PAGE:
For today’s program we invite you to join us for the answers to some of the most commonly asked questions. Special thank you to Janet Pyatt of The Backcountry Peddler for joining us. Have a question you want answered on a future program? Let us know!
We invite you to join us in the downstairs bedroom of the 1774 Alexander Rock House to learn from long-time CMH volunteer Tom Phlegar about some of his favorite items housed in this room.
Step inside the Rock House Mysteries Exhibit at The Charlotte Museum of History. Join us as we explore the history of the Rock House and learn more about all the people who have called this place home over the last 246 years.
On this week’s episode, we try our hand at making apple butter – a harvest staple in 18th century America. Contrary to what one might expect, apple butter does not contain any butter or milk products. Instead, this jam-like food could be spread on bread, johnny cakes, or other dishes to add some sweetness and flavoring in a world where sugar could be expensive and hard to find.
Get the Recipe: We adapted this recipe to create a 21st-century version of an 18th-century dish.
Join Education Specialist Lauren Wallace as she visits with Janet Pyatt, proprietor of The Backcountry Peddler, to learn more about textile production in the 18th Century.
Bonus Video: Curious to learn more from the Backcountry Peddler? Check out this amusing look at 18th-century undergarments.
Join Education Specialists Lauren and Angel as they celebrate the legendary MeckDec in the shadow of “The Spirit of Mecklenburg.”
Activity: Explore the Trail of History website charlottetrailofhistory.org to learn more about all the legendary people in Charlotte’s History who have been immortalized in bronze. Who do you think should be added to this list? Create your own “Trail of History” with important people in your life or in our Queen City History by using this template.
For this week’s episode we open the door to a room not usually seen on our tours to learn more about William Alexander – Hezekiah’s oldest son who had a very important job in the Carolina Backcountry.
Activity: Take a look William Alexander’s shopping lists to learn more about what people were buying 245 years ago.
For this week’s episode we invite you to take a walk with us around the Springhouse to learn about one of the many buildings found at the homesite in 1774. Check back next week for part two.
Activity: Try your hand at piecing together some of the artifacts in the CMH collection with our artifact puzzles.
We know so many students are disappointed they won’t be able to hear the American Freedom Bell ring as a part of their field trip this spring. The ringing of the seven-foot-tall, seven-foot wide, and seven-and-a-half ton bell is heard by thousands of students each year, so we couldn’t do a series bring the field trip to you without it.
Activity: Something as fundamental as freedom should be celebrated. Throughout history, people have resisted, persisted, and strived to ensure that freedom and liberty truly do apply to everyone. Create your own “Timeline of Freedom” to honor their contributions.
Special Edition: Highlighting Our Friends
For this week, we decided to take a brief break from our series to highlight some of our favorite activities created by some of our friends in the #NCHistory community.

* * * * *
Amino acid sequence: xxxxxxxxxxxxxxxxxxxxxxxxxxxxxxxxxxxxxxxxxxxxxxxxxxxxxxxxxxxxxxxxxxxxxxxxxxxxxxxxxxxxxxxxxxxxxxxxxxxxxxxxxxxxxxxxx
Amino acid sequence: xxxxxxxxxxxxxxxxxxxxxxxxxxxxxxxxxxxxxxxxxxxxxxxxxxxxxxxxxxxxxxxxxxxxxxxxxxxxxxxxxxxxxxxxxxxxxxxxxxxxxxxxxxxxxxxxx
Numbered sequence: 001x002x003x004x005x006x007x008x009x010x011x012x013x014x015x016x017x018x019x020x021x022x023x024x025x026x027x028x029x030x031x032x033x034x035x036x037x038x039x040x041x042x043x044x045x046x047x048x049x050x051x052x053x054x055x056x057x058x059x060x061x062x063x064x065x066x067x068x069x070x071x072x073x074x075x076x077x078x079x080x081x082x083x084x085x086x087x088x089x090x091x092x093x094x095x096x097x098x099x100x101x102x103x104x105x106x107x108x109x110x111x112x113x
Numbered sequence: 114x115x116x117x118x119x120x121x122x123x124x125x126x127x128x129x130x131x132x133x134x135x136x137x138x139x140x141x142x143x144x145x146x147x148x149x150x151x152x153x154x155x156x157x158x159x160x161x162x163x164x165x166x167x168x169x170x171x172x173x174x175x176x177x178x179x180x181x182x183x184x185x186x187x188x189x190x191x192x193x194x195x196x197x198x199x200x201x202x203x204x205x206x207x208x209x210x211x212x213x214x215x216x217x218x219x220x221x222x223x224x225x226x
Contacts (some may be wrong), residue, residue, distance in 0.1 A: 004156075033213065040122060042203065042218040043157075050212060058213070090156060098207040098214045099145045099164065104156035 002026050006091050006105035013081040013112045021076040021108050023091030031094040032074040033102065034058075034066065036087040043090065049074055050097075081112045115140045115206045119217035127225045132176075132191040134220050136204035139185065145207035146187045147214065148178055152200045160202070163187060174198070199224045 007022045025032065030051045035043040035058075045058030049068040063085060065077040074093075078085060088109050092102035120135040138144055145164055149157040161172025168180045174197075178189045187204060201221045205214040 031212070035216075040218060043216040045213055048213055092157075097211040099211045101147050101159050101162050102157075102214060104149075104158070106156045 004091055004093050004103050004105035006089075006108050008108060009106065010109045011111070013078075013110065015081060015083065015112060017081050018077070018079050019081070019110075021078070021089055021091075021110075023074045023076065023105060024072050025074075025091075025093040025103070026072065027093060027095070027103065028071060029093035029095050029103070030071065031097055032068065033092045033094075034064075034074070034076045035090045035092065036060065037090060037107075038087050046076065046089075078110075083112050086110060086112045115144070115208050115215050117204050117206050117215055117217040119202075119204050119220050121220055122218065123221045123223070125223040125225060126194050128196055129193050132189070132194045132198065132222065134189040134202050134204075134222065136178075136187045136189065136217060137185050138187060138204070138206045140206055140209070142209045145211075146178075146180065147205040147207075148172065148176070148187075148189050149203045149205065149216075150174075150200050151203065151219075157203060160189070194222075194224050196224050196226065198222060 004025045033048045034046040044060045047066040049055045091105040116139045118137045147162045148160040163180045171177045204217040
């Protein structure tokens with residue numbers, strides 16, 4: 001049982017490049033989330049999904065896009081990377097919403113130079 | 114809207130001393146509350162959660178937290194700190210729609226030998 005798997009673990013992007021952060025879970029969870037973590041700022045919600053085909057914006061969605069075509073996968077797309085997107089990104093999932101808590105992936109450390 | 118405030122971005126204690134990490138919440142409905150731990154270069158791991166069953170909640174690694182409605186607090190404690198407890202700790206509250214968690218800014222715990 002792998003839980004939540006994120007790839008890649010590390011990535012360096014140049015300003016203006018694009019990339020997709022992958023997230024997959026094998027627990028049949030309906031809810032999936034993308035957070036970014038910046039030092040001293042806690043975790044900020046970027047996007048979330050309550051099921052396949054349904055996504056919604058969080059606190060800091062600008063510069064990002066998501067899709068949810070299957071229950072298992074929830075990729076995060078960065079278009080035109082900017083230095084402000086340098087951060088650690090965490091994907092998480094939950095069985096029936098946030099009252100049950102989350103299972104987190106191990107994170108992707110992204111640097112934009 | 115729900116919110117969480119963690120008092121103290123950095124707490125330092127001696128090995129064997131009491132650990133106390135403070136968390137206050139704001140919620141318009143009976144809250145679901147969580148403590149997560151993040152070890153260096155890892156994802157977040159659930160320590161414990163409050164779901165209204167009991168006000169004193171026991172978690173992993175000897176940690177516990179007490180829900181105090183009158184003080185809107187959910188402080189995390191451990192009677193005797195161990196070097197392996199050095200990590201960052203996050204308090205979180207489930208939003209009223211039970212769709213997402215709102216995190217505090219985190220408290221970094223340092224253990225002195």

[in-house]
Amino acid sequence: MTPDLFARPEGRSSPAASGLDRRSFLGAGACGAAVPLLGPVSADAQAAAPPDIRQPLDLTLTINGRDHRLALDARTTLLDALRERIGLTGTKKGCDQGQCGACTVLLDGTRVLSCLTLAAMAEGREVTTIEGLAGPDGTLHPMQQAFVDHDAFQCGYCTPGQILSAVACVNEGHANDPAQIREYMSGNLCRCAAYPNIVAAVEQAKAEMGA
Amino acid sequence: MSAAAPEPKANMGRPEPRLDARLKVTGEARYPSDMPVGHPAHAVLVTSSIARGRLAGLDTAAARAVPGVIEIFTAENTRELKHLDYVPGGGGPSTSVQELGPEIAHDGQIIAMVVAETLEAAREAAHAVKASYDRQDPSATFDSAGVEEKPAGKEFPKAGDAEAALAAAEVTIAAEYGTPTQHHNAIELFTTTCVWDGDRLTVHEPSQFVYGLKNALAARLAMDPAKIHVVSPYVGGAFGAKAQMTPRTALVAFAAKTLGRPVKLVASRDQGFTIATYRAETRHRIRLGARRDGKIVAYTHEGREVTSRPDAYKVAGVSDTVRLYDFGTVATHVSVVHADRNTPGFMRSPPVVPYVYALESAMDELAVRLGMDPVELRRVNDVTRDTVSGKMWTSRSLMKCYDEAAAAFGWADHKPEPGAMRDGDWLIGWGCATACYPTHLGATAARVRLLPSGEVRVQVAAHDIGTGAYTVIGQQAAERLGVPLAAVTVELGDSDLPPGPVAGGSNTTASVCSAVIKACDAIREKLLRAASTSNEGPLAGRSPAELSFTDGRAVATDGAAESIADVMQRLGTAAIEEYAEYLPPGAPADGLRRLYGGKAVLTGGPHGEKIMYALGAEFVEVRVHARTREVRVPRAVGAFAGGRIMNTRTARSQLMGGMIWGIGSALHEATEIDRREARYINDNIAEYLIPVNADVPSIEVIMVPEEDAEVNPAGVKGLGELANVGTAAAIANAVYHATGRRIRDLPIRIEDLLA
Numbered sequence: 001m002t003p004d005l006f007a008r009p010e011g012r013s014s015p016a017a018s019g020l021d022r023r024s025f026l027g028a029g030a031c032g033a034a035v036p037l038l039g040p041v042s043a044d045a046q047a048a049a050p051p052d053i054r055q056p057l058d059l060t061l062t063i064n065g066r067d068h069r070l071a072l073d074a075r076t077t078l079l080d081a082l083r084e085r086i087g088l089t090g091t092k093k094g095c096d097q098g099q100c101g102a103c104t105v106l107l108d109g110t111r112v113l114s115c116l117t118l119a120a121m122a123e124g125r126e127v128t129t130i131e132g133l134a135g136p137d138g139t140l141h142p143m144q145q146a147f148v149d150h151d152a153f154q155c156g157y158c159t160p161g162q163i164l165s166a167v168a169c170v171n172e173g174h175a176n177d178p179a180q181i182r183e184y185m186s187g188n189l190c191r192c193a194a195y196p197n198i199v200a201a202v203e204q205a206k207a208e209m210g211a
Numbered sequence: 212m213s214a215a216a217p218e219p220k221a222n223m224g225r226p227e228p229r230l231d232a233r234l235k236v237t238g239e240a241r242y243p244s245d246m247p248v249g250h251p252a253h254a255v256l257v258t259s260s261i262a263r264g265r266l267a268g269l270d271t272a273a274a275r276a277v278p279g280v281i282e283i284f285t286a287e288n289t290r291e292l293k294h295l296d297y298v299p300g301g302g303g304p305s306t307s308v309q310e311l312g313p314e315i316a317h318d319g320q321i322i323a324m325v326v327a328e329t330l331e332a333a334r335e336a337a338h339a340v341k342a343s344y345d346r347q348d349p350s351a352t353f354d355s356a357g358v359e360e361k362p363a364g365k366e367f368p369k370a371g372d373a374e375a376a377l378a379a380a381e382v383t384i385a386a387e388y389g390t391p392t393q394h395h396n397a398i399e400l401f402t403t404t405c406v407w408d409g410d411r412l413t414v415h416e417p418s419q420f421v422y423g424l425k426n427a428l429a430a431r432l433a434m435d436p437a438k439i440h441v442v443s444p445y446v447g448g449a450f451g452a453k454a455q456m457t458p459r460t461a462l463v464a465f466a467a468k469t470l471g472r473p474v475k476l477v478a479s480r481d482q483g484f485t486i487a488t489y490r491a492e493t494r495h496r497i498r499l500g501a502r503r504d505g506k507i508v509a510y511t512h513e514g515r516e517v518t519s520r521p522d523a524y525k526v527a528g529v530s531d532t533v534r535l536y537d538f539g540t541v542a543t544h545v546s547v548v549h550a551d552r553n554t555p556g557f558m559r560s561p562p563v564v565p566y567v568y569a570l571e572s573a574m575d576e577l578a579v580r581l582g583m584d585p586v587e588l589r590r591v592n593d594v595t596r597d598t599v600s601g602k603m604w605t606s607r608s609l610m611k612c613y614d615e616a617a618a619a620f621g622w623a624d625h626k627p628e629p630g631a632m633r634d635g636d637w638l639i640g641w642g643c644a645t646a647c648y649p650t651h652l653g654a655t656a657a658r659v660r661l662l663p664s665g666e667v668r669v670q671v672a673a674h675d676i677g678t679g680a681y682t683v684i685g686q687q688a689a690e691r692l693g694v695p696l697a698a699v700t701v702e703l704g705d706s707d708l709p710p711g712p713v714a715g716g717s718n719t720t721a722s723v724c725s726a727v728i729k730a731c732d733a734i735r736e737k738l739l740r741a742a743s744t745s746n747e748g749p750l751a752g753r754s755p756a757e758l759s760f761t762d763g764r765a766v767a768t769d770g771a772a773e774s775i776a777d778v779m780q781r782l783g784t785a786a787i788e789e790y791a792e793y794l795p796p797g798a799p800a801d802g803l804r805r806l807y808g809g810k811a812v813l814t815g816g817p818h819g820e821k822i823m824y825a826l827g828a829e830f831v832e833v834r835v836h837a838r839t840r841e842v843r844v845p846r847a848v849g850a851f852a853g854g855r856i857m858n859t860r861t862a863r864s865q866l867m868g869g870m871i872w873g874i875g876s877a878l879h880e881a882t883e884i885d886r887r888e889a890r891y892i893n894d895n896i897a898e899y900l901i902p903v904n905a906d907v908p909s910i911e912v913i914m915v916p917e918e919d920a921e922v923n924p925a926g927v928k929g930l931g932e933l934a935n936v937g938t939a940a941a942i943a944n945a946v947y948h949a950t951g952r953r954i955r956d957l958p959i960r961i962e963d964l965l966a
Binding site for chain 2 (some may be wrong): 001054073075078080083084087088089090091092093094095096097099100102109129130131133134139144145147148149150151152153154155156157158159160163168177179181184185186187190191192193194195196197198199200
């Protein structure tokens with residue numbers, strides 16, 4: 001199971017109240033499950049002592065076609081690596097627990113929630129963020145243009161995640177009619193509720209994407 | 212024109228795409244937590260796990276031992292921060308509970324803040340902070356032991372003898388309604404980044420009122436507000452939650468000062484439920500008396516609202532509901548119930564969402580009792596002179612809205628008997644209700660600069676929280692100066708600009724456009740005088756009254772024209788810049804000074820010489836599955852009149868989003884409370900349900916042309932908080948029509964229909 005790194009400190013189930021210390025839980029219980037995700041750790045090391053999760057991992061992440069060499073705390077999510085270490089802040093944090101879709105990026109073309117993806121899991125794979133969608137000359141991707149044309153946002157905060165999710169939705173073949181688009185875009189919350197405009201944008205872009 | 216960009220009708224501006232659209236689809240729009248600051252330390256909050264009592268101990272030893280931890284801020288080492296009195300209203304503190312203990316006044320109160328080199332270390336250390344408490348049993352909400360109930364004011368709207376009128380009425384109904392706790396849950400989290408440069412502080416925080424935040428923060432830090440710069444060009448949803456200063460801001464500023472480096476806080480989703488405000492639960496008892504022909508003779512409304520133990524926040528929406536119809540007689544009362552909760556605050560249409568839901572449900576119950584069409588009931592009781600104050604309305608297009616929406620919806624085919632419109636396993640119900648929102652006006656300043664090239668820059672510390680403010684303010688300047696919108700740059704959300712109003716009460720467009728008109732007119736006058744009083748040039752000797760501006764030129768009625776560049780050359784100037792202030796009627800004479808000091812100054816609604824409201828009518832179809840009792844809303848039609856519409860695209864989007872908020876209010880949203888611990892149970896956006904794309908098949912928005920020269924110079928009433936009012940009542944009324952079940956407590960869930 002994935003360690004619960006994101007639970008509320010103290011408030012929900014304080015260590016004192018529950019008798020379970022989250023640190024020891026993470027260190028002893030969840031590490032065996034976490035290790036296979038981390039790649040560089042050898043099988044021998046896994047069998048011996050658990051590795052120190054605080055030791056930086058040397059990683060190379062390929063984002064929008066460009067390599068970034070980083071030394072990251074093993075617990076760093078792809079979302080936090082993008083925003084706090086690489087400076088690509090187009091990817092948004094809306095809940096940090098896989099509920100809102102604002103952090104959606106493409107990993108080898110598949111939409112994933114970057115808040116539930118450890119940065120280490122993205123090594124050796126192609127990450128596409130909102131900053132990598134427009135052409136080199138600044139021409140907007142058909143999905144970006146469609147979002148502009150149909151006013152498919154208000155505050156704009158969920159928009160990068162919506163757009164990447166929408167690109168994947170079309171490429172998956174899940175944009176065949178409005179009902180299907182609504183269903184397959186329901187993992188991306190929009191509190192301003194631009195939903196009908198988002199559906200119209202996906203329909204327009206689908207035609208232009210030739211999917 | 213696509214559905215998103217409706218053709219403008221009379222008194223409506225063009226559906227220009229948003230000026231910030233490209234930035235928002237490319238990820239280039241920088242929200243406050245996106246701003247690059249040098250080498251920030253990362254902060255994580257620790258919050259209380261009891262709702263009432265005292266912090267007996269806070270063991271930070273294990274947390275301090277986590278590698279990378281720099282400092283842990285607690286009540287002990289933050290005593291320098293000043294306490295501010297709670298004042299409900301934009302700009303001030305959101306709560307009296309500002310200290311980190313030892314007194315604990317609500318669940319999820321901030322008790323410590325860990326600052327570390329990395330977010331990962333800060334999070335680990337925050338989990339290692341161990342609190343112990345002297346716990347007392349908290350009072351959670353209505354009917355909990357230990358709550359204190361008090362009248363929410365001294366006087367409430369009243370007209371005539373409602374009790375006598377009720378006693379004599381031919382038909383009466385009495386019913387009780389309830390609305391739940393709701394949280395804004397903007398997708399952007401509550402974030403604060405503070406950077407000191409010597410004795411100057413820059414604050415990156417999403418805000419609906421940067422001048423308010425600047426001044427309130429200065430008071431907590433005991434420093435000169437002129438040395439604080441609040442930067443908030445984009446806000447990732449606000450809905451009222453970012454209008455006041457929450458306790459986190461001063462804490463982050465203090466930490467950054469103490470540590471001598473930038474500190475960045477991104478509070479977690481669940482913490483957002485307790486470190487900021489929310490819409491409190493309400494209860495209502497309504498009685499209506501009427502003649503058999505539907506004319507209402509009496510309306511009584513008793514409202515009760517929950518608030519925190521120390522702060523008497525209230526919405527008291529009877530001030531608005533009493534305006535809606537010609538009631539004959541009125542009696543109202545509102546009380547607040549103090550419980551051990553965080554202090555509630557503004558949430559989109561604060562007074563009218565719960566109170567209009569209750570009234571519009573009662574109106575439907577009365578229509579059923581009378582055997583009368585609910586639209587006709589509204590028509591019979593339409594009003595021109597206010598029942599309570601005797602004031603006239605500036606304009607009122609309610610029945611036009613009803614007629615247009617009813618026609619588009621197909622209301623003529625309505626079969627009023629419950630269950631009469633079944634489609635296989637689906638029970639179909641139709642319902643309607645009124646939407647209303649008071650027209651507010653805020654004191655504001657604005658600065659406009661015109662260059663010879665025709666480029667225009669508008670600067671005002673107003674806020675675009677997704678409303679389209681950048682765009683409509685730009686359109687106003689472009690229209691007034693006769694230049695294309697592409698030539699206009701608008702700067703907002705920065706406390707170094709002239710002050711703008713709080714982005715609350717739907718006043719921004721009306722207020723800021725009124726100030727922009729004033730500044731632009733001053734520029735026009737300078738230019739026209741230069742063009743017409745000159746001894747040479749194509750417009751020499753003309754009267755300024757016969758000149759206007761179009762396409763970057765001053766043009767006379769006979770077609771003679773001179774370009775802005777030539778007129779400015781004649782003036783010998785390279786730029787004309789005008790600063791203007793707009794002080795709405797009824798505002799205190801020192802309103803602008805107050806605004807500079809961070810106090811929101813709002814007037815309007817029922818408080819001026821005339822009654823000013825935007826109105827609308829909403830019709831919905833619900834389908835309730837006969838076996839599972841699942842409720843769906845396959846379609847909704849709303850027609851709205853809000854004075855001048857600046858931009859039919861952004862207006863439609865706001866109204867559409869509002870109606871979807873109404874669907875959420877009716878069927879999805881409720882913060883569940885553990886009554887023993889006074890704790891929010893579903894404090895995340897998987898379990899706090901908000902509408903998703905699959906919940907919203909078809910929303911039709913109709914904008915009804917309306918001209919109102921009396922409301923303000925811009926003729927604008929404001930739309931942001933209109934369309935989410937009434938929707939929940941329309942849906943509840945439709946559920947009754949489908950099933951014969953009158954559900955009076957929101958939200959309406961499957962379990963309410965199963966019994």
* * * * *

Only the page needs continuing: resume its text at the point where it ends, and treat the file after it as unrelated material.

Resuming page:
From the Civil Rights movement to the science of pH testing, there’s an activity for anyone. Click/tap here to check out our list of suggestions.
For this week’s episode, education specialists Angel and Lauren share the unexpected (and often disgusting) world of colonial hygiene.
Activity: We are glad to report that public health has come along way since then, but use the watch-a-long worksheet to test your knowledge and see how far we’ve come. We do, however, hope you will practice modern hygiene and wash your hands with soap!
For this week’s episode we are joined by longtime Museum volunteer Tom Phlegar, an expert on the Battle of Charlotte and Charlotte’s Revolutionary History. Tom shares the amazing story of one of the forgotten battles of the American Revolution that happened right here in Charlotte.
Activity: Follow along with the video and use this guided worksheet to test your knowledge of the Battle of Charlotte. Want an easy way to remember important moments in Colonial and Revolutionary history? Be sure to download and print our Colonial History and Revolutionary History bookmarks.
Learn about the culture and traditions of some of the Queen City’s first residents, the Catawba Indian Nation by exploring some of the Museum’s newest artifacts including the resin cast of King Hagler from the Trail of History – currently on loan from artist Chas Fagan.
Activity: You can create your own Catawba inspired pottery using salt dough. To make salt dough, simply combine 1 cup flour, ½ cup salt, and ½ cup water in a mixing bowl. Design your creation and let dry for a few days to harden. Be sure to share your creations with us on our social media channels or tag the Museum using #CLTHistory.
Check out the popular diorama of the ca. 1775 Queen City and learn about how Charlotte was founded and how it became a hotbed of Revolution. Click the video above to watch the first episode.
Activity: How did Charlotte get its shape?
Try your hand at reading the first page of the official act establishing the small town in Mecklenburg County that today has become a bustling metropolis. Image courtesy of the State Archives of North Carolina. Cursive not your thing? Check out a transcription of the Selwyn Land Grant instead.